A former banker at financial holding Nomura who quit his job to go on a hunger strike near the Olympic stadium in Tokyo hopes his health will be dangerously compromised when world leaders meet for the opening ceremonies next week. .
Vincent Fichot, a 39-year-old Frenchman who was once a great specialist in derivatives, began his hunger strike last week in an all-or-nothing bet to gain access to his young children.
Speaking to the Financial Times, Fichot said he hoped his hunger strike would result in action by French President Emmanuel Macron, who is due to attend the Olympics opening ceremony on July 23.
When the Olympic torch is lit, said Fichot, who has sold his property in central Tokyo and lives on a yoga mat outside Sendagaya station, his body will enter an extremely dangerous state. This will leave Macron very little time to keep his promise to take the case to Japanese Prime Minister Yoshihide Suga.
“It’s not desperation. It’s a calculated act. I may not be able to force Japan to do one thing, but I can force France to do something for me,” Fichot said. “They can’t let me die here.”
Fichot was accompanied on a daily basis by other parents – Japanese and foreign – who are struggling against a system they claim was stealing their children. Their protest, which takes place a few hundred yards from the stadium for more effect, follows a failed three-year battle with the Japanese legal system and what many like-minded parents have condemned as needlessly policy. outdated.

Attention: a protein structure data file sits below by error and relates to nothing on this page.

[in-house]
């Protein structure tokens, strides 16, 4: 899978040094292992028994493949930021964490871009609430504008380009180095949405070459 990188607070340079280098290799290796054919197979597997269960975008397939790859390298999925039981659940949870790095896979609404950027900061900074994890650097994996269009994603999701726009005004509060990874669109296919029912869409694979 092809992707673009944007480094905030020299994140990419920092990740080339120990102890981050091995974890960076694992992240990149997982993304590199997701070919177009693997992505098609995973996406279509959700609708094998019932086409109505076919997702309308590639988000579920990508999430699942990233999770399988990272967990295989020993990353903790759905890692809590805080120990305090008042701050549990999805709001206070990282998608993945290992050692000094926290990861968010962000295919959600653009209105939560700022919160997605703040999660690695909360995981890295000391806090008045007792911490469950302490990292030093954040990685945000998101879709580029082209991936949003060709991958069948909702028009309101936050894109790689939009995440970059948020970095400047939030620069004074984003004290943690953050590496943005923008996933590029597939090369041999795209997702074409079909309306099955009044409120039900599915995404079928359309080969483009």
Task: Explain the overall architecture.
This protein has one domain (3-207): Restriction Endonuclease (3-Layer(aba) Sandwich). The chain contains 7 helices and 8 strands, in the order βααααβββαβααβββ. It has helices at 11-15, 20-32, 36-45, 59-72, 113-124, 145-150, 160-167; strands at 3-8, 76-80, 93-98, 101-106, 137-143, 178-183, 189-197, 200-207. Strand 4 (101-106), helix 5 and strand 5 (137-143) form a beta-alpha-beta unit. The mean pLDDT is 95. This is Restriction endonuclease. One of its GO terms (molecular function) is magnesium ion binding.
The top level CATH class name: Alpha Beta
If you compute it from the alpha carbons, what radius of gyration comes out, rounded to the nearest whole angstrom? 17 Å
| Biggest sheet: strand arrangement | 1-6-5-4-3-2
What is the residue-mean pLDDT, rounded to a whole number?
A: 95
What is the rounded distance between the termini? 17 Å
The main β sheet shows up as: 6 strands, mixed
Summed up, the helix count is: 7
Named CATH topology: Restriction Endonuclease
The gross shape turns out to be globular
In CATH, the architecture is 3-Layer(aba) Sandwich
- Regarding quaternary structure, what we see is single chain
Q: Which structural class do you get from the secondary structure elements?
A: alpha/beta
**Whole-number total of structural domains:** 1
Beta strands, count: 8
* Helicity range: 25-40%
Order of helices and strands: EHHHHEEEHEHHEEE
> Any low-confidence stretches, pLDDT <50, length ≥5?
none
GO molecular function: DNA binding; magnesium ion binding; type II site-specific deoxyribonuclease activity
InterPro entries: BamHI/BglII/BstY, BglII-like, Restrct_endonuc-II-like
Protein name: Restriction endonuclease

Japan’s separation and divorce proceedings, which Fichot and others say are out of step with those in other developed countries, fail to recognize the concept of shared custody. This position, experts say, combined with the high probability that the courts will only grant custody to the parent looking after the children at the time of cases, prompts one parent to “kidnap” the children before the divorce. .
When the divorce is pronounced, the father with the child is no longer obliged to grant the other right of access. Informal support groups claim that tens of thousands of children have been unfairly separated from their fathers or mothers by the intransigence of the Japanese system.
Fichot, who was in the process of getting divorced, said he had no idea when he went to work at Nomura Otemachi’s headquarters on August 10, 2018, that upon his return he would not be reunited with his wife and children – then 3 years and 11 months old.
In addition to direct efforts to access children through the courts, Fichot also lobbied international organizations, including the UN. Last July, after Fichot’s campaign, the European Parliament adopted a resolution condemning the kidnapping and calling on the Japanese government to modernize its justice system and enforce international rules on child protection.
Translated by Luiz Roberto M. Gonçalves